If you’re just starting out with a Learning Management System, you’re in good company. More and more businesses are moving their corporate training to the digital sphere, and it’s showing no signs of slowing down.
Indeed, between 2019–2020, LinkedIn Learning saw their number of enterprise learners more than double. In addition, 79% of L&D professionals expect to spend more on online learning in 2021, and 73% expect to spend less on instructor-led training (ILT). The future, it seems, is in the hands of cloud based LMS platforms.
However, if you’re scratching your head and asking “What is a Learning Management System?”, then you need to read our recap below:
Learning Management System (LMS) definition
A Learning Management System – often shortened to LMS – is a piece of software that makes it possible for businesses to move their learning online. An LMS is an organisation’s gateway to digital training content such as courses, quizzes, webinars, videos, and virtual events, as well as reporting tools and analytics.
Learning Management Systems differ from ILT in various ways, beyond the fact that learning programs take place online rather than in-person.
- Staff can revisit training materials at any time: Unless you’re particularly studious or love taking notes, ILT is a “blink and you’ll miss it” way of learning. Training content is delivered in real time by a tutor, with no remit for referring back to it at a later date, meaning it’s easy to forget. In fact, research shows that within 24 hours, people will have forgotten 70% of the new information they learned. A Learning Management System, on the other hand, provides staff with 24/7 access to all training materials, so they can revisit it as often as they need.
- Staff can learn at their own pace: Because training content is hosted online on a Learning Management System, staff can take a more flexible approach to their personal development. This means they can learn at their own pace, whenever they feel most inspired, engaged, or alert.
- Remote teams won’t be at a disadvantage: Traditional classroom-based teaching might be OK if everyone works in the same office. But this is 2021, where remote and hybrid working are becoming the norm. Using a Learning Management System ensures that all teams – whether office-based or remote – have an equal advantage in improving their personal development.
What are examples of Learning Management System features?
Now that you understand the basics of what a Learning Management System is, let’s take a deeper look into some LMS feature examples that you could use in your own training programs:
1) Personalised learning tools
Everyone’s personal development plan is different. Modern Learning Management Systems should include personalisation features that allow you to create tailored learning content for each individual, to support them in their unique learning goals.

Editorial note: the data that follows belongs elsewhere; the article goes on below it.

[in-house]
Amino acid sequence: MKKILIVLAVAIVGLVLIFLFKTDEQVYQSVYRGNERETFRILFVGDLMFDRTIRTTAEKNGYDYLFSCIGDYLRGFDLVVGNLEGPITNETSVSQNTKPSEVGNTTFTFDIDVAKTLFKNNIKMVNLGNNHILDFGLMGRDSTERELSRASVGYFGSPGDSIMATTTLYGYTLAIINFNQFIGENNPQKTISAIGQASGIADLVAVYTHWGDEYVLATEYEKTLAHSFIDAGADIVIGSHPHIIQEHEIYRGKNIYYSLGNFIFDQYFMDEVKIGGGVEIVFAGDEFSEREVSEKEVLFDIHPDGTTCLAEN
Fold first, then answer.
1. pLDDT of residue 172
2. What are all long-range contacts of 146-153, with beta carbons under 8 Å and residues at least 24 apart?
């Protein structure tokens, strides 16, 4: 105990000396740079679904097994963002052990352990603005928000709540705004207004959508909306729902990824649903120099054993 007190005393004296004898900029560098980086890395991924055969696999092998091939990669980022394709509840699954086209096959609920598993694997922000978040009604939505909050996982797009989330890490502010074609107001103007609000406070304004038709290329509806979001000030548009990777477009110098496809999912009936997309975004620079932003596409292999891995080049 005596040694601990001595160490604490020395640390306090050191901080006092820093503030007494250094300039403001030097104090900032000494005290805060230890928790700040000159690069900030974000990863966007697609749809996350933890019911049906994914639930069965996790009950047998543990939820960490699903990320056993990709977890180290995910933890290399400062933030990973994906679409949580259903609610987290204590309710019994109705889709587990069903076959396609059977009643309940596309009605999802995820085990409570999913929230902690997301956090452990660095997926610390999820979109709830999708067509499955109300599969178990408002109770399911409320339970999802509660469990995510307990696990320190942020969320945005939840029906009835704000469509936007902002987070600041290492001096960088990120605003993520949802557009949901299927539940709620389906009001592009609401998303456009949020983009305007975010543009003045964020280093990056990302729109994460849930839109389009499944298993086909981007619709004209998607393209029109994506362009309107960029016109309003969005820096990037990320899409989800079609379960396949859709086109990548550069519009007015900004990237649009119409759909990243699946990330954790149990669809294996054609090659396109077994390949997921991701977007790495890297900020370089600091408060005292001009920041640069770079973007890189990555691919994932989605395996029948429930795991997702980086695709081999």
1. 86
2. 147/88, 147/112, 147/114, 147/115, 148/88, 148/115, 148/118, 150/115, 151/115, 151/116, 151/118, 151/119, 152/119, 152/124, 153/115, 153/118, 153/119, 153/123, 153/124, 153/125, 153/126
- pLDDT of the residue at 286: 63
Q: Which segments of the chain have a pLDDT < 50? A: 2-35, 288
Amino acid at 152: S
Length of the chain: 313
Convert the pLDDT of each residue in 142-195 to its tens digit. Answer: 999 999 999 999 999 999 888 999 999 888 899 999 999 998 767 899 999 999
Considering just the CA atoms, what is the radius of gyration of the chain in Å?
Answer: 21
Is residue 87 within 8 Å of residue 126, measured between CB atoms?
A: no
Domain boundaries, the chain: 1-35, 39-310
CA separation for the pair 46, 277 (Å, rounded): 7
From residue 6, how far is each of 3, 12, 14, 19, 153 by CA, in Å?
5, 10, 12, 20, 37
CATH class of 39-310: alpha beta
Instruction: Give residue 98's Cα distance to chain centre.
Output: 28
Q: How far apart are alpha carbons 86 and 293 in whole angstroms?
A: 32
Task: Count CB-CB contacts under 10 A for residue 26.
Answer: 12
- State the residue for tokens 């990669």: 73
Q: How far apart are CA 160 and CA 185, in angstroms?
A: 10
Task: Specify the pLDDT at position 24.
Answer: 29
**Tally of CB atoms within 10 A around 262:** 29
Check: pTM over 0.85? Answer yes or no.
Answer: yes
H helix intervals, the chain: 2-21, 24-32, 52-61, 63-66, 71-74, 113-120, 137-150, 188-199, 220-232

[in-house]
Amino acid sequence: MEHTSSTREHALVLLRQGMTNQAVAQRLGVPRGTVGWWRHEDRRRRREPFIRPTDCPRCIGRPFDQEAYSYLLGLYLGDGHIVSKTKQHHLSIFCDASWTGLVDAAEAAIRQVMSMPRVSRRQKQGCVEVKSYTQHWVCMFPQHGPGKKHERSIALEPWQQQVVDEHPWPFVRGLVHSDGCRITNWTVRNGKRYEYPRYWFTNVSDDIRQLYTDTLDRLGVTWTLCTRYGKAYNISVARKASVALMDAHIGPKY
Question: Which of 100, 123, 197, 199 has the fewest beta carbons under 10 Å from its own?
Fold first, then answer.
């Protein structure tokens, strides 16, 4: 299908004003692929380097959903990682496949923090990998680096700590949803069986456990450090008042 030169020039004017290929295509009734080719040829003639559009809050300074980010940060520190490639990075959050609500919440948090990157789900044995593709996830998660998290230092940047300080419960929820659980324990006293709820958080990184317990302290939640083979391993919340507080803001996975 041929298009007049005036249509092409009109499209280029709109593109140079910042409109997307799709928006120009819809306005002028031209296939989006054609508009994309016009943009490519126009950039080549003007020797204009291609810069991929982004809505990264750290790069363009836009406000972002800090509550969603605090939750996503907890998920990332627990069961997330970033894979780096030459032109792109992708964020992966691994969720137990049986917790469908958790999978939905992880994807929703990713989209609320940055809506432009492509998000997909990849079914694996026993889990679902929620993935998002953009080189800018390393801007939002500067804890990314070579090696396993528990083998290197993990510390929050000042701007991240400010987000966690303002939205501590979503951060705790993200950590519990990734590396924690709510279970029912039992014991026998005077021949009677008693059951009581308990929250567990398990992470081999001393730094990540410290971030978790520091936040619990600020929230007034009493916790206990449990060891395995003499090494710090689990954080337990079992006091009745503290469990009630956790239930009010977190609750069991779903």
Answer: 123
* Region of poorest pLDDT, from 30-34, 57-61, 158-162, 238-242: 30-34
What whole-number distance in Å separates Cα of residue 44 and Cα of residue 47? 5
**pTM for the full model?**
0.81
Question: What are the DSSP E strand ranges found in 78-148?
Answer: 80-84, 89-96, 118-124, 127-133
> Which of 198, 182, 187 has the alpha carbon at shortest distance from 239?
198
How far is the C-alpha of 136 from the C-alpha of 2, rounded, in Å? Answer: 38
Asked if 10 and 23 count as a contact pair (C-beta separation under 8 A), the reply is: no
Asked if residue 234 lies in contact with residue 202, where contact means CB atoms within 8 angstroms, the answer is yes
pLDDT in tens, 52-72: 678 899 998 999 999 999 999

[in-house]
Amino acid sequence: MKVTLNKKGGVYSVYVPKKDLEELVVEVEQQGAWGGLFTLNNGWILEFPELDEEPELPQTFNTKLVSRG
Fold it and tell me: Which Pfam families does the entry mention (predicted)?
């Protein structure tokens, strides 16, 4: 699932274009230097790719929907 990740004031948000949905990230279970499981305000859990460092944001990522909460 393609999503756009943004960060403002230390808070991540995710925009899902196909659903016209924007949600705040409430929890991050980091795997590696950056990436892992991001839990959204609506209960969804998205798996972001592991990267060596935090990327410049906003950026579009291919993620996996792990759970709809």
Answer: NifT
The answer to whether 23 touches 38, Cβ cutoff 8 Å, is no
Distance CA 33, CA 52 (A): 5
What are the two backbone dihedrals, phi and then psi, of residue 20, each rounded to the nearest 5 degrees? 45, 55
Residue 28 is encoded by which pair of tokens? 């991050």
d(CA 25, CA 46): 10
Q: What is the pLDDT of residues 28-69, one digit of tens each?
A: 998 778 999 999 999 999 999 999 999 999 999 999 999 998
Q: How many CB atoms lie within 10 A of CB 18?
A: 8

Personalisation features in the Claromentis LMS
2) Online learning content
Learning content can take many forms, and your Learning Management System should allow you to host multiple types including videos, slides, reading materials, training events, and quizzes. You could also integrate with third-party LMS tools, such as SCORM courses, to centralise all learning content within your own digital workplace environment.
3) Training courses
Of course, no worthy Learning Management System would be without online training courses. These are the core of your teams’ personal development plan, providing the bulk of the information that staff need to expand their knowledge.
4) Course authoring tools
Being able to build your own training courses and quizzes is an essential feature of a Learning Management System. Course authoring tools allow you to do just that, and should include customisable elements such as multiple choice questions and rich-text landing pages.
5) Real time feedback
When staff take a training course, they should receive real time feedback on their progress, including pass or fail alerts. This will help staff understand how they’re performing, and if they need to seek any additional support.
6) Gamification elements
According to a survey by Capterra, 70% of respondents claimed gamification led to an increase in scores. That’s because gamification elements – such as points, badges, and progress bars – heighten people’s engagement levels by tapping into their innate desire to progress and improve. So if you’re looking to switch to a Learning Management System, make sure it includes gamification features.
The Claromentis Badges app (above) is a great example of gamification
And finally, it’s important that managers can keep track of how their teams are performing so they can offer support, monitor trends, and make ongoing improvements to their training programs. Reporting and analytics tools are therefore a key feature of Learning Management Systems, providing managers with the insights they need to understand their learners’ progress.